Kemira and Plan building a better future for school children in India

Common projects on three continents

Kemira has been working together with Plan for the benefit of children for several years, the latest common projects taking place in India. Plan is an international development organization promoting children’s rights, and it runs projects in 50 countries. Kemira was involved in three of them in the years 2009–2011: in Ethiopia the focus was on childhood illnesses, health training and clean water supplies; in Bolivia on early childhood services providing for example hygiene education for children; and in Garsain, India, school sanitation and fresh water were in the center of the project, and the cooperation continued until June 2012.

Increased attendance and better health

In the schools of Garsain the need for a water and sanitation program was urgent. According to India’s Department of Drinking Water Supply, five out of ten most common causes for children’s deaths are related to water, sanitation and hygiene, and a staggering 1,000 children die daily of diarrhea.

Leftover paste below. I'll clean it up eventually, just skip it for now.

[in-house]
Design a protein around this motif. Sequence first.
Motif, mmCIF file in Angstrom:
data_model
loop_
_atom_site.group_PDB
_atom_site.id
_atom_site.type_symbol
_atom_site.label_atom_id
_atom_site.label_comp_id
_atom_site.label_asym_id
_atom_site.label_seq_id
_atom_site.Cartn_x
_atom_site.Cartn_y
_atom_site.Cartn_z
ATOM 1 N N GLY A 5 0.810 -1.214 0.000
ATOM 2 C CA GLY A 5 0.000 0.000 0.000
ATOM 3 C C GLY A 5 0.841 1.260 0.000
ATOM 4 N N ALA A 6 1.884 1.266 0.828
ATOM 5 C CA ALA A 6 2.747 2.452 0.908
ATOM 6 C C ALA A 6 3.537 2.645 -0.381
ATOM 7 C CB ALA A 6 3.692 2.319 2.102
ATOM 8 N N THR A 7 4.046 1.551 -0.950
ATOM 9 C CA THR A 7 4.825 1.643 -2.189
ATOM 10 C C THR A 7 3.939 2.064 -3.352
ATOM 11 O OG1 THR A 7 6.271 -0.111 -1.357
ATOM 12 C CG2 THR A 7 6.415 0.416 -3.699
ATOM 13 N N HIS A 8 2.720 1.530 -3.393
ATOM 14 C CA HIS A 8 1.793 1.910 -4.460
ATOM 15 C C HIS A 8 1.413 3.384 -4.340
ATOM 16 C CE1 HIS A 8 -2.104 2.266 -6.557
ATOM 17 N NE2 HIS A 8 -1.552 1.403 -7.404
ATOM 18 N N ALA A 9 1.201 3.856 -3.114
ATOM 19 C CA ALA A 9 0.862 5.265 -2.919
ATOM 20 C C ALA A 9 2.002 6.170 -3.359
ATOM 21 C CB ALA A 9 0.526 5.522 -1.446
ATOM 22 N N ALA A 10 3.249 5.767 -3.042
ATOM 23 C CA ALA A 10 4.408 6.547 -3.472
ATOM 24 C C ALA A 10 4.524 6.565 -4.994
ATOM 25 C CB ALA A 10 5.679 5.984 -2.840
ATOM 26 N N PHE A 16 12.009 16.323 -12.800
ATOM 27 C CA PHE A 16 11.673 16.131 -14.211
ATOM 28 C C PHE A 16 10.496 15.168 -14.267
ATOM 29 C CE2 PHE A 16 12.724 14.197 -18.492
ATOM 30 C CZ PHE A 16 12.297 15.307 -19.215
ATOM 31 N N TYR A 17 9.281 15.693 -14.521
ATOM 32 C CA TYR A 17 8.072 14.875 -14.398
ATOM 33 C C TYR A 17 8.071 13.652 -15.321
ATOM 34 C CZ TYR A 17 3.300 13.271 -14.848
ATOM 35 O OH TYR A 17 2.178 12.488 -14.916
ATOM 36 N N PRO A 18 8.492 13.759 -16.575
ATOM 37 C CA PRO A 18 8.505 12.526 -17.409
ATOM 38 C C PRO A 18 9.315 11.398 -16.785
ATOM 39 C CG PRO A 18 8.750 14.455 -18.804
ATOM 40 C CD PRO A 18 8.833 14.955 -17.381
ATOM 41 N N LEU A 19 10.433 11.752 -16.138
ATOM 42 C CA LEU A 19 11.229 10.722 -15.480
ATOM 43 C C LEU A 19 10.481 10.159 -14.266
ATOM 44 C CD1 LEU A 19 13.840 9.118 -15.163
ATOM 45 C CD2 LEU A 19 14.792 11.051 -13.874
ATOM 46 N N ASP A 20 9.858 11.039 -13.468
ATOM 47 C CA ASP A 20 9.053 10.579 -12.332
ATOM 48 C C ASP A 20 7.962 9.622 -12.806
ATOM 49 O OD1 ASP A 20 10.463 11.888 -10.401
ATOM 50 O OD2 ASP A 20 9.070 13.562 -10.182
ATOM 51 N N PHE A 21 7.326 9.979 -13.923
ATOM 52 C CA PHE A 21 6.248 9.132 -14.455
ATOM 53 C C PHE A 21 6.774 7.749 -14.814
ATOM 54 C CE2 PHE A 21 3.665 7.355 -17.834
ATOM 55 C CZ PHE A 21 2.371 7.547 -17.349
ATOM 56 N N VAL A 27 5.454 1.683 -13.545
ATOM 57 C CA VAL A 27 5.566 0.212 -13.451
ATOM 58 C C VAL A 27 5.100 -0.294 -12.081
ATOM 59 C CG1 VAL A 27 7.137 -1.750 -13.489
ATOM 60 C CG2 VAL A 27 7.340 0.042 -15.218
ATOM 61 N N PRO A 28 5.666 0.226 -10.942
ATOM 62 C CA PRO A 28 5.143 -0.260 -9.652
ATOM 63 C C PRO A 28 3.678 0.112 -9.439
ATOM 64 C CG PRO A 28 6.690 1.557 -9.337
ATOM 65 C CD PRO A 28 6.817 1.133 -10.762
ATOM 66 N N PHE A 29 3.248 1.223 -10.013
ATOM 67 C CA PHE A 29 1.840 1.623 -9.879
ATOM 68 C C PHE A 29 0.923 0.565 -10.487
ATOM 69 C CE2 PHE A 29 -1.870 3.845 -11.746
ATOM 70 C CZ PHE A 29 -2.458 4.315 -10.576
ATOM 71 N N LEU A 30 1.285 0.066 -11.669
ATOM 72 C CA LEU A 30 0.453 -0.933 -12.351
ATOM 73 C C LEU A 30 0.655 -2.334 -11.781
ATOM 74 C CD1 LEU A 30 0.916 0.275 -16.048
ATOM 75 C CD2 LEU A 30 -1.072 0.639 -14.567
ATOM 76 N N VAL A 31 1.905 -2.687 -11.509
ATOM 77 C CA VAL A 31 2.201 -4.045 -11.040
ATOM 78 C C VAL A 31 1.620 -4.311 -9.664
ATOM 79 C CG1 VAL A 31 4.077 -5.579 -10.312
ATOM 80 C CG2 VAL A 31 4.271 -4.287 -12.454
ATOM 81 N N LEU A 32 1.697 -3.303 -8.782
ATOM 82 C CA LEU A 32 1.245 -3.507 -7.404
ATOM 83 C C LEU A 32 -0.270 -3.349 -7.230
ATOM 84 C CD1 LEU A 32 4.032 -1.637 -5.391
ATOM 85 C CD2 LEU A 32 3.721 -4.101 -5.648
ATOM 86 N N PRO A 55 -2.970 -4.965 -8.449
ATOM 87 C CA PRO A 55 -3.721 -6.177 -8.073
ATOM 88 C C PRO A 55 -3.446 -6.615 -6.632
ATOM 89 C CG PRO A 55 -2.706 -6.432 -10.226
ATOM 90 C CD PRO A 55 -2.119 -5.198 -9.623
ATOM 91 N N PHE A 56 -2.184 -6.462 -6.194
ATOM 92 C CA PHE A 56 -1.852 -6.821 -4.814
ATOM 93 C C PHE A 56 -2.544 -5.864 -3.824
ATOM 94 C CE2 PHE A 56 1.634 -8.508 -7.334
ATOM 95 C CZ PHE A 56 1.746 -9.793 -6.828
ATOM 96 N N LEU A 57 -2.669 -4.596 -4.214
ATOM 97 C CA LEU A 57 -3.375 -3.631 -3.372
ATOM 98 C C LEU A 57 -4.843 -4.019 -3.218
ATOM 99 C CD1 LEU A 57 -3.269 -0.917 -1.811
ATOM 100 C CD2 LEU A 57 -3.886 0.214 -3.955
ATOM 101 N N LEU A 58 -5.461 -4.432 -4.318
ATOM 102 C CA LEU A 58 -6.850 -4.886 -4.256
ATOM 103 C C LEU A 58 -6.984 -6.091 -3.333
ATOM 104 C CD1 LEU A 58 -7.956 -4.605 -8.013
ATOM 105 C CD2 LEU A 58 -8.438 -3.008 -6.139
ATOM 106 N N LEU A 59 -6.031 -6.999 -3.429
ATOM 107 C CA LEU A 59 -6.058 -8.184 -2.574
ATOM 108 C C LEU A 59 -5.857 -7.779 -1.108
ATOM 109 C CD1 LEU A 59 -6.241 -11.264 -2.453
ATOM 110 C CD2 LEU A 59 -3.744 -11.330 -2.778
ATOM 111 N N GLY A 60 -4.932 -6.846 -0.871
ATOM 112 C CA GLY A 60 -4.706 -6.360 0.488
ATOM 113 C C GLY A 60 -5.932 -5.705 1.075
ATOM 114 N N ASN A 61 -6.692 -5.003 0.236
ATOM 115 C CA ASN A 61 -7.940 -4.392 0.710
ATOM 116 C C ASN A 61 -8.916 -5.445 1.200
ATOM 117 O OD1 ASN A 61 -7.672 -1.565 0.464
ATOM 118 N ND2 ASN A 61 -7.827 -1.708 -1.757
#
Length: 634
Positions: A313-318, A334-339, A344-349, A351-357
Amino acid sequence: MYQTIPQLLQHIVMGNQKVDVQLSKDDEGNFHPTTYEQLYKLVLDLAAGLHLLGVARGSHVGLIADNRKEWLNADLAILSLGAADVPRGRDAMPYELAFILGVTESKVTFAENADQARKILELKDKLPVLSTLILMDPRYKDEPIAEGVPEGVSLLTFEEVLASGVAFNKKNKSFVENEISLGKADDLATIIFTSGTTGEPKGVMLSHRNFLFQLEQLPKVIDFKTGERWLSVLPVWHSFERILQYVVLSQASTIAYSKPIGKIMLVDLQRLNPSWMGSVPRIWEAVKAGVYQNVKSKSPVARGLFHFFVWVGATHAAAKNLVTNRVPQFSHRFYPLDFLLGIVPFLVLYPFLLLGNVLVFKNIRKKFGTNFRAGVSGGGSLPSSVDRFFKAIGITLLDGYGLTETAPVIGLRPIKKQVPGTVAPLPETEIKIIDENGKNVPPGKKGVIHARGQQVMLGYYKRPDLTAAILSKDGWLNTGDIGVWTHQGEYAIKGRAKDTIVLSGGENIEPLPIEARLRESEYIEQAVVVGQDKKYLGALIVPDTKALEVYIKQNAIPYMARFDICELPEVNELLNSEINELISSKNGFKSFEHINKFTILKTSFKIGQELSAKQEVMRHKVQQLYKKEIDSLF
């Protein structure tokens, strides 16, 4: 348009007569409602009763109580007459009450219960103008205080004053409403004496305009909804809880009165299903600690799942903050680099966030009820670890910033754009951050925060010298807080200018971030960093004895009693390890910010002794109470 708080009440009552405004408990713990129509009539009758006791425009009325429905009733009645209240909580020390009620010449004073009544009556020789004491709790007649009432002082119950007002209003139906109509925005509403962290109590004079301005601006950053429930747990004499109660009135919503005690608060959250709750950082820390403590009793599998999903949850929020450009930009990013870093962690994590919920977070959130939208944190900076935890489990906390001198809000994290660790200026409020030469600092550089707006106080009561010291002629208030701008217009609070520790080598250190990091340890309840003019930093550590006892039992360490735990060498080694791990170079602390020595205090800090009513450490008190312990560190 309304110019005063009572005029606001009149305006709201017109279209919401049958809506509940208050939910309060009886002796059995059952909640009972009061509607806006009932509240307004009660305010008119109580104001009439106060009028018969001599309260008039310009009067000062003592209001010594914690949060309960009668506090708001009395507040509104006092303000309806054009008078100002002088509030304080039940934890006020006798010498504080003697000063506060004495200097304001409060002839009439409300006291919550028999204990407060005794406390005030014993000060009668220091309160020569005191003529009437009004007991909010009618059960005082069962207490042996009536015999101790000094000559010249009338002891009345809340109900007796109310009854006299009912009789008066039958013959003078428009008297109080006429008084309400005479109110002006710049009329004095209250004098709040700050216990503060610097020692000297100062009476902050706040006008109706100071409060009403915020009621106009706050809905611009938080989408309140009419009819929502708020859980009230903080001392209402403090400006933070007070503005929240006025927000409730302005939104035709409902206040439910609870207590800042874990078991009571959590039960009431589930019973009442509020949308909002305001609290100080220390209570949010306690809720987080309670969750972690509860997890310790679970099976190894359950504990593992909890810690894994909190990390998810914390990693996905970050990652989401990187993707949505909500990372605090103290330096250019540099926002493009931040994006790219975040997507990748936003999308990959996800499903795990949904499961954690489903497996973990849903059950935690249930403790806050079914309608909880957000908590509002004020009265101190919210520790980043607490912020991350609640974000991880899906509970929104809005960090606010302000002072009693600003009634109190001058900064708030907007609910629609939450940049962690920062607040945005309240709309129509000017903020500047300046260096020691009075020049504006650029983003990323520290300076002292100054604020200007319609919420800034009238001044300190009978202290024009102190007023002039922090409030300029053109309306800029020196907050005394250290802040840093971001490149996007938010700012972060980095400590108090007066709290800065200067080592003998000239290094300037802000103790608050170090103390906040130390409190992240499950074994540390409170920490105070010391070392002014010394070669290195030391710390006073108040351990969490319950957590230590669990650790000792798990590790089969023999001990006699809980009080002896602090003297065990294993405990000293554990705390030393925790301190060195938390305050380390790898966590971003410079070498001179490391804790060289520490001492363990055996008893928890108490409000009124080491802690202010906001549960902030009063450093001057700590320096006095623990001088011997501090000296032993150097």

Plan India mapped the condition of almost 2,500 Indian schools, and concluded that in 80% of the schools the toilets were unusable, and in 90% the quality of water was insufficient. According to Plan, improving water and sanitation conditions in schools have many other benefits in addition to positive health effects. Other outcomes include increased attendance rates in schools and fewer pupils who drop out, which shows especially among adolescent girls.

Concrete actions and education for the future

Kemira and Plan’s development project in Garsain focused on improving hygiene and the supply of fresh water in target area schools, as well as raising awareness among authorities of the importance of these issues. Via this project seven schools received basic sanitation infrastructure, thousands of school children participated in hygiene classes, and awareness raising workshops were organized. Through these activities children, teachers as well as community members received valuable information on sanitation and hygiene. Furthermore, water and sanitation committees were formed in schools, which are from now on responsible for bringing possible problems to the awareness of the authorities.